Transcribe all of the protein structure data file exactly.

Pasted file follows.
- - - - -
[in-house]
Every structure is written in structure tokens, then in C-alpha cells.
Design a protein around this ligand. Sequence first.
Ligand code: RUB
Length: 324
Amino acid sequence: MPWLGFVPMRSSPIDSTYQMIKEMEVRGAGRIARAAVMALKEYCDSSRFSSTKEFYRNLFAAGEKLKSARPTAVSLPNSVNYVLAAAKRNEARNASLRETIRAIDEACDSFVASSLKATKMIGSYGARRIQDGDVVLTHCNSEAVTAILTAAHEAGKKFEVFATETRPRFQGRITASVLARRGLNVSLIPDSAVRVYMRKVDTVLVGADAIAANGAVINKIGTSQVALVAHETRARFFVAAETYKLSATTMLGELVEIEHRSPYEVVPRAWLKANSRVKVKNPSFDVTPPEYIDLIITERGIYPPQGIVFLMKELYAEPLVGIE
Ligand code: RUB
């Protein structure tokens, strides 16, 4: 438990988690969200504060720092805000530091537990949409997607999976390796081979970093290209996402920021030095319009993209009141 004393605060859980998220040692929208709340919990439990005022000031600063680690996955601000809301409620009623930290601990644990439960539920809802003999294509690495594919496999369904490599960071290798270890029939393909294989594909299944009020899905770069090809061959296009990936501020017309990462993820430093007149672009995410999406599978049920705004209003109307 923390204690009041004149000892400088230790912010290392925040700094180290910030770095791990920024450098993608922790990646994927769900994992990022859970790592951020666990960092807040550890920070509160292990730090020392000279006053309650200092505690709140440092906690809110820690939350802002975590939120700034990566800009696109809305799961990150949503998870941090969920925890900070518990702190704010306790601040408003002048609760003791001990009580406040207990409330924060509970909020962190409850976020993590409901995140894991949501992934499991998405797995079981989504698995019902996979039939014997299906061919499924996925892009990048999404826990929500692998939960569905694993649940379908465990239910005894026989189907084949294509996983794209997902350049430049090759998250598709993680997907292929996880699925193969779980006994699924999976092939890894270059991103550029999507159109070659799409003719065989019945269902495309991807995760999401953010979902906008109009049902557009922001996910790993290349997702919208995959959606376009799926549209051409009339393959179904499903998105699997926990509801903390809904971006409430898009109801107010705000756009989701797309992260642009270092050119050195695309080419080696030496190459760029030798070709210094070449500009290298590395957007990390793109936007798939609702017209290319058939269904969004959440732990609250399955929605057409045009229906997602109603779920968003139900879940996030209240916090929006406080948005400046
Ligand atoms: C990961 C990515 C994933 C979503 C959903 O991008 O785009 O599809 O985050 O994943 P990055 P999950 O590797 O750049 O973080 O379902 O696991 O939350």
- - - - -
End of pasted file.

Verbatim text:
[in-house]
Every structure is written in structure tokens, then in C-alpha cells.
Design a protein around this ligand. Sequence first.
Ligand code: RUB
Length: 324
Amino acid sequence: MPWLGFVPMRSSPIDSTYQMIKEMEVRGAGRIARAAVMALKEYCDSSRFSSTKEFYRNLFAAGEKLKSARPTAVSLPNSVNYVLAAAKRNEARNASLRETIRAIDEACDSFVASSLKATKMIGSYGARRIQDGDVVLTHCNSEAVTAILTAAHEAGKKFEVFATETRPRFQGRITASVLARRGLNVSLIPDSAVRVYMRKVDTVLVGADAIAANGAVINKIGTSQVALVAHETRARFFVAAETYKLSATTMLGELVEIEHRSPYEVVPRAWLKANSRVKVKNPSFDVTPPEYIDLIITERGIYPPQGIVFLMKELYAEPLVGIE
Ligand code: RUB
């Protein structure tokens, strides 16, 4: 438990988690969200504060720092805000530091537990949409997607999976390796081979970093290209996402920021030095319009993209009141 004393605060859980998220040692929208709340919990439990005022000031600063680690996955601000809301409620009623930290601990644990439960539920809802003999294509690495594919496999369904490599960071290798270890029939393909294989594909299944009020899905770069090809061959296009990936501020017309990462993820430093007149672009995410999406599978049920705004209003109307 923390204690009041004149000892400088230790912010290392925040700094180290910030770095791990920024450098993608922790990646994927769900994992990022859970790592951020666990960092807040550890920070509160292990730090020392000279006053309650200092505690709140440092906690809110820690939350802002975590939120700034990566800009696109809305799961990150949503998870941090969920925890900070518990702190704010306790601040408003002048609760003791001990009580406040207990409330924060509970909020962190409850976020993590409901995140894991949501992934499991998405797995079981989504698995019902996979039939014997299906061919499924996925892009990048999404826990929500692998939960569905694993649940379908465990239910005894026989189907084949294509996983794209997902350049430049090759998250598709993680997907292929996880699925193969779980006994699924999976092939890894270059991103550029999507159109070659799409003719065989019945269902495309991807995760999401953010979902906008109009049902557009922001996910790993290349997702919208995959959606376009799926549209051409009339393959179904499903998105699997926990509801903390809904971006409430898009109801107010705000756009989701797309992260642009270092050119050195695309080419080696030496190459760029030798070709210094070449500009290298590395957007990390793109936007798939609702017209290319058939269904969004959440732990609250399955929605057409045009229906997602109603779920968003139900879940996030209240916090929006406080948005400046
Ligand atoms: C990961 C990515 C994933 C979503 C959903 O991008 O785009 O599809 O985050 O994943 P990055 P999950 O590797 O750049 O973080 O379902 O696991 O939350």